Rodney Hunt's RSIS is a small business that tallies big wins
To Rodney Hunt, building a business is a lot like playing baseball—success depends on a combination of team spirit and individual initiative.
"Baseball is a thinking man's sport," he said. "You have to think independently, almost like an entrepreneur."
He learned that lesson during six years as a minor-league pitcher, and he applies it today in his role as president and chief executive officer of RS Information Systems Inc., which he cofounded in 1992 with a $5,000 investment. Today the McLean, Va., company, which had $80 million in revenue in 2000, handles a wide range of government information technology contracts, from providing IT solutions for NASA's Mars Orbiter program to helping make the Social Security Administration a model of electronic government.
The idea for RSIS began to take shape after Hunt left a St. Louis Cardinals farm team in the mid-1980s because of an injury and went to work for a consulting firm. There, he watched experts write reports and deliver them to clients, only to drop the ball when it came to delivering solutions.
"Being an IT guy, I thought, "We should take this one step further,'" Hunt said.
He and his co-founder, Executive Vice President Scott Amey, did just that. The company's revenues have doubled every year since 1998, as has the number of employees, which now stands at 825. RSIS also has $450 million in contract backlogs.
The company is the prime contractor on more than 80 government contracts. Two-thirds of the company's employees have top-secret security clearances so they can handle the most sensitive contracts. And its reputation is growing as a minority-owned company that has used 8(a) certification, named for a section of the Small Business Act, to help it win federal contracts.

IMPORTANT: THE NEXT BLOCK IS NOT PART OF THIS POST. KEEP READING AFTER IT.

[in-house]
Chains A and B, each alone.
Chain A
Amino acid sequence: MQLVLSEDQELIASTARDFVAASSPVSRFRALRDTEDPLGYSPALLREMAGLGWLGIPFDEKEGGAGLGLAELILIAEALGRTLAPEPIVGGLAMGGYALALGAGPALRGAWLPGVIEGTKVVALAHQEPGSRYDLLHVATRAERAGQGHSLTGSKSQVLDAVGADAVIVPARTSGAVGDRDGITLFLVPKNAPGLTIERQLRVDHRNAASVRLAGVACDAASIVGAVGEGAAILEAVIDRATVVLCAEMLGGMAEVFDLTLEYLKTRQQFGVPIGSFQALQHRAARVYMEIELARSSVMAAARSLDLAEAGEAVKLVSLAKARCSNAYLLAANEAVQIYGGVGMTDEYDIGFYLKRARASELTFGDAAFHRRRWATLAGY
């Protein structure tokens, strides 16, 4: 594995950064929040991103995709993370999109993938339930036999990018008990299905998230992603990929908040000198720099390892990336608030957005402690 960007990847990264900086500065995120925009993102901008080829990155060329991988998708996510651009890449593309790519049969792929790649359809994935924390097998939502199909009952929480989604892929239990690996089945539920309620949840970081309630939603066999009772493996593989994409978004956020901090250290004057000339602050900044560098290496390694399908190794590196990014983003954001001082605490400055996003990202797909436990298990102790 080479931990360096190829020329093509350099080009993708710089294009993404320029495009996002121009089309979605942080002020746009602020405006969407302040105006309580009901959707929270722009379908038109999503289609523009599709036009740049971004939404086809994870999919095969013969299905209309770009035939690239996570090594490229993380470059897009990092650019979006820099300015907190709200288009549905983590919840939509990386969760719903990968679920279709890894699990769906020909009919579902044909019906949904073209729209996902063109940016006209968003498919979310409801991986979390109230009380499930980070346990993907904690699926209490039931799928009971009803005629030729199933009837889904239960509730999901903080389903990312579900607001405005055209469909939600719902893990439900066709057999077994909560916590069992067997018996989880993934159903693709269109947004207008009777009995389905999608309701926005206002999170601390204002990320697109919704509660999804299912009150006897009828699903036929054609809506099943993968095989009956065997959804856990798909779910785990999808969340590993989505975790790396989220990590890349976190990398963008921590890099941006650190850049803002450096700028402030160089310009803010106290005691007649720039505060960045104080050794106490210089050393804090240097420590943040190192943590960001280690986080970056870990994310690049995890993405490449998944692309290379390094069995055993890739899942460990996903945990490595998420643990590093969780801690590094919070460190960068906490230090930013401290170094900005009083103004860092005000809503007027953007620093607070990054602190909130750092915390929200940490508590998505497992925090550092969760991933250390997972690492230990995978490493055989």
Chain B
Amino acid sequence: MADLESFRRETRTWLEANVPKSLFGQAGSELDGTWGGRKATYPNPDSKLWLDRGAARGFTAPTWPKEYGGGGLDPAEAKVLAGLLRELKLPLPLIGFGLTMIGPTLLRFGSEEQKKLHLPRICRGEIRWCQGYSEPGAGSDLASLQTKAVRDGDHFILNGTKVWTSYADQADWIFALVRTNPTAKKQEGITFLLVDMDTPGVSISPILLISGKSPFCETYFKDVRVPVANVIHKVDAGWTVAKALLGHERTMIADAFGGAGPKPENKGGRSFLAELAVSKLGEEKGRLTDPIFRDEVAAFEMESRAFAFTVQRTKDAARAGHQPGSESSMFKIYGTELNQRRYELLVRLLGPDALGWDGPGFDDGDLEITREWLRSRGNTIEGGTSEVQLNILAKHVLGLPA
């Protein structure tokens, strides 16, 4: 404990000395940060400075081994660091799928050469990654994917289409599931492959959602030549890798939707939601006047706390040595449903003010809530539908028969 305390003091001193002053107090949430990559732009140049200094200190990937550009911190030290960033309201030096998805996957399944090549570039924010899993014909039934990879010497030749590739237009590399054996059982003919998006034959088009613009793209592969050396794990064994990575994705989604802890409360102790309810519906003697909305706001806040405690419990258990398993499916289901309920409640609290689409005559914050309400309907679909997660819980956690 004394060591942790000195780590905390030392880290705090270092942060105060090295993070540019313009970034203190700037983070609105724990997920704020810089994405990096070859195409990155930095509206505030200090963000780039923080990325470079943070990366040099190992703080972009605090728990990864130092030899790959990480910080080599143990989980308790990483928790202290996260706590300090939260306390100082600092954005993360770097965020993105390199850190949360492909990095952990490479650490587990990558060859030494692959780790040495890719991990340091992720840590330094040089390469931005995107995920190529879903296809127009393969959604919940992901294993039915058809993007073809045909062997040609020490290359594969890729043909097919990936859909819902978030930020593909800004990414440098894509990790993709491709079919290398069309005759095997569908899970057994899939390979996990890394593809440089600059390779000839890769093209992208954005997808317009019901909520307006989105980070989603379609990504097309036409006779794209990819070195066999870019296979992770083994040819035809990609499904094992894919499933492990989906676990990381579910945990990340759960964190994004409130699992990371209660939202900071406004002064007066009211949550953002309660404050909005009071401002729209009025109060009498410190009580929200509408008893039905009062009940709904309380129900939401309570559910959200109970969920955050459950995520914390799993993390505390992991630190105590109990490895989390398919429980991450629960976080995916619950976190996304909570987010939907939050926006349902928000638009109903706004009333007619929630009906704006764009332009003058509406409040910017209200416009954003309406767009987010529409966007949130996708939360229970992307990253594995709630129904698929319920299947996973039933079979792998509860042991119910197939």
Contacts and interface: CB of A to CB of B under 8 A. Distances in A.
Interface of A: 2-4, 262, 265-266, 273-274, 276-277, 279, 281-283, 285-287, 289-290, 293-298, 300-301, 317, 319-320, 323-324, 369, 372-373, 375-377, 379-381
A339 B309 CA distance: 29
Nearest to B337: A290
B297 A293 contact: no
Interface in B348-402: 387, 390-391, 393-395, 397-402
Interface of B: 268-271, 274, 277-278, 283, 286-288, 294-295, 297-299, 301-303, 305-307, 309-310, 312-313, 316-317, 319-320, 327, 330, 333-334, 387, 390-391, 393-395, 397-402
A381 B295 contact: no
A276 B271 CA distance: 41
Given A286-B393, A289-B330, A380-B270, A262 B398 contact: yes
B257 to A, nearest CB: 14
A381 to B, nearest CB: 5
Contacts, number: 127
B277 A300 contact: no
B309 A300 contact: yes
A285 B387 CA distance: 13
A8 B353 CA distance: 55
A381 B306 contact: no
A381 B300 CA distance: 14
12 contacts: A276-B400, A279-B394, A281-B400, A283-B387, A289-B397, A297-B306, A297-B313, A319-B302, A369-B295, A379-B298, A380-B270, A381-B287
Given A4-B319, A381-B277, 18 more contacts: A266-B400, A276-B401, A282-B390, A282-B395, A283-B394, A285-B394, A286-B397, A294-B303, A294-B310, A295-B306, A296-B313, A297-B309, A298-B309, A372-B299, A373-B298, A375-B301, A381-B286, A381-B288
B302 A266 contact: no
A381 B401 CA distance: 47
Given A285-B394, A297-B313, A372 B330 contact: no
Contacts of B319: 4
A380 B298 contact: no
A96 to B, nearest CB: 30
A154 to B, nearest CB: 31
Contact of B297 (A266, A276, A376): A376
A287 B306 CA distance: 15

"Hunt very much gets the job done. He has both political skills and understanding of technology," said Mike Curtis, chief information officer at the Federal Motor Carrier Safety Administration, which regulates commercial-truck safety.
With tens of thousands of forms pouring in from trucking companies, the agency was in danger of being overwhelmed by paper. But more than half the forms are now handled electronically as a result of help from RSIS. "[Hunt] has a lot to do with Web-enabling the system," Curtis said.
At 40, Hunt is a self-made success and proud of it. "I have always been an entrepreneur," he said, recalling the successful lawn-care business he says brought in $100,000 when he was just 14.
He credits his success to a willingness to take risks, combined with the know-how to use government tools to help get contracts and deliver the goods. Along the way, he had help from the government's program to help small, minority-owned businesses.
Focusing on the kind of contracts he could deliver, Hunt went after government IT work. And year after year, he succeeded.
Today, RSIS provides help-desk support to more than 75,000 users in 15 federal agencies. It has government contracts in electronic commerce, software engineering and Web applications development. The company also supports the mission of the Pacific Air Forces.
Among RSIS' biggest contracts:
$65 million for engineering support services to the SSA. $62 million for telecommunications services to the Environmental Protection Agency. $54 million for IT support services to the Aeronautical Systems Center at Wright-Patterson Air Force Base, Ohio. $50 million for engineering support services for the Next-Generation Weather Radar at the National Weather Service's Radar Operations Center in Norman, Okla. Now in its seventh year as an 8(a) company, RSIS will have to graduate in just two years from the federal program. But like every other mountain that Hunt has scaled, he is ready for the challenge.
His advice to other minority-owned companies: Use the 8(a) program to establish yourself. By the fifth year, go after non-8(a) business, and by the seventh year, be ready to fly without government help.
That's what RSIS has done. Today, 70 percent of the company's contracts are awarded outside the 8(a) program.
As for Hunt, his business plan is to produce $135 million in revenue by the end of 2001 and acquire other companies. If all goes well, he might even buy a baseball team.
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